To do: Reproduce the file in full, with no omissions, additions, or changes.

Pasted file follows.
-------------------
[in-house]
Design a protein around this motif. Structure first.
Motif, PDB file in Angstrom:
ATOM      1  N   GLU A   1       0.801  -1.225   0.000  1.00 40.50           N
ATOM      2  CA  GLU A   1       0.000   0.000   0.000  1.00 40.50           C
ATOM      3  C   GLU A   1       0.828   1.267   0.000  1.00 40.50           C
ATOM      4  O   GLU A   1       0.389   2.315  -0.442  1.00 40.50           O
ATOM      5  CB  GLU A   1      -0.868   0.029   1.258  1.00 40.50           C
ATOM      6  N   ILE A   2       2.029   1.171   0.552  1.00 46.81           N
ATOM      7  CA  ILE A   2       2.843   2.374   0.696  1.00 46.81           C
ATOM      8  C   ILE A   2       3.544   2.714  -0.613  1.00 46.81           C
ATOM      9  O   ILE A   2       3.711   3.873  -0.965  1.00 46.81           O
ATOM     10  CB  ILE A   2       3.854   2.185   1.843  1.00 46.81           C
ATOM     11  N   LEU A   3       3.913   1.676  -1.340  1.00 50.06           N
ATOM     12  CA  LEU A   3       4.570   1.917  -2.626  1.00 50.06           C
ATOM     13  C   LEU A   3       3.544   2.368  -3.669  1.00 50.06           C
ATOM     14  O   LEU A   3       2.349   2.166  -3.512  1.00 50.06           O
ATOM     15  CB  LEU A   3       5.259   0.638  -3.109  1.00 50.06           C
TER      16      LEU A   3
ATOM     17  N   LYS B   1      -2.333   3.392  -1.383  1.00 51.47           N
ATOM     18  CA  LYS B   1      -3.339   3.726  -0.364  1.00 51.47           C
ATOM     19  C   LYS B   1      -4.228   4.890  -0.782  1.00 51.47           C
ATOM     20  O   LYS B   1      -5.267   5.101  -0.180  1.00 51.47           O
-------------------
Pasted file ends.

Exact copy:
[in-house]
Design a protein around this motif. Structure first.
Motif, PDB file in Angstrom:
ATOM      1  N   GLU A   1       0.801  -1.225   0.000  1.00 40.50           N
ATOM      2  CA  GLU A   1       0.000   0.000   0.000  1.00 40.50           C
ATOM      3  C   GLU A   1       0.828   1.267   0.000  1.00 40.50           C
ATOM      4  O   GLU A   1       0.389   2.315  -0.442  1.00 40.50           O
ATOM      5  CB  GLU A   1      -0.868   0.029   1.258  1.00 40.50           C
ATOM      6  N   ILE A   2       2.029   1.171   0.552  1.00 46.81           N
ATOM      7  CA  ILE A   2       2.843   2.374   0.696  1.00 46.81           C
ATOM      8  C   ILE A   2       3.544   2.714  -0.613  1.00 46.81           C
ATOM      9  O   ILE A   2       3.711   3.873  -0.965  1.00 46.81           O
ATOM     10  CB  ILE A   2       3.854   2.185   1.843  1.00 46.81           C
ATOM     11  N   LEU A   3       3.913   1.676  -1.340  1.00 50.06           N
ATOM     12  CA  LEU A   3       4.570   1.917  -2.626  1.00 50.06           C
ATOM     13  C   LEU A   3       3.544   2.368  -3.669  1.00 50.06           C
ATOM     14  O   LEU A   3       2.349   2.166  -3.512  1.00 50.06           O
ATOM     15  CB  LEU A   3       5.259   0.638  -3.109  1.00 50.06           C
TER      16      LEU A   3
ATOM     17  N   LYS B   1      -2.333   3.392  -1.383  1.00 51.47           N
ATOM     18  CA  LYS B   1      -3.339   3.726  -0.364  1.00 51.47           C
ATOM     19  C   LYS B   1      -4.228   4.890  -0.782  1.00 51.47           C
ATOM     20  O   LYS B   1      -5.267   5.101  -0.180  1.00 51.47           O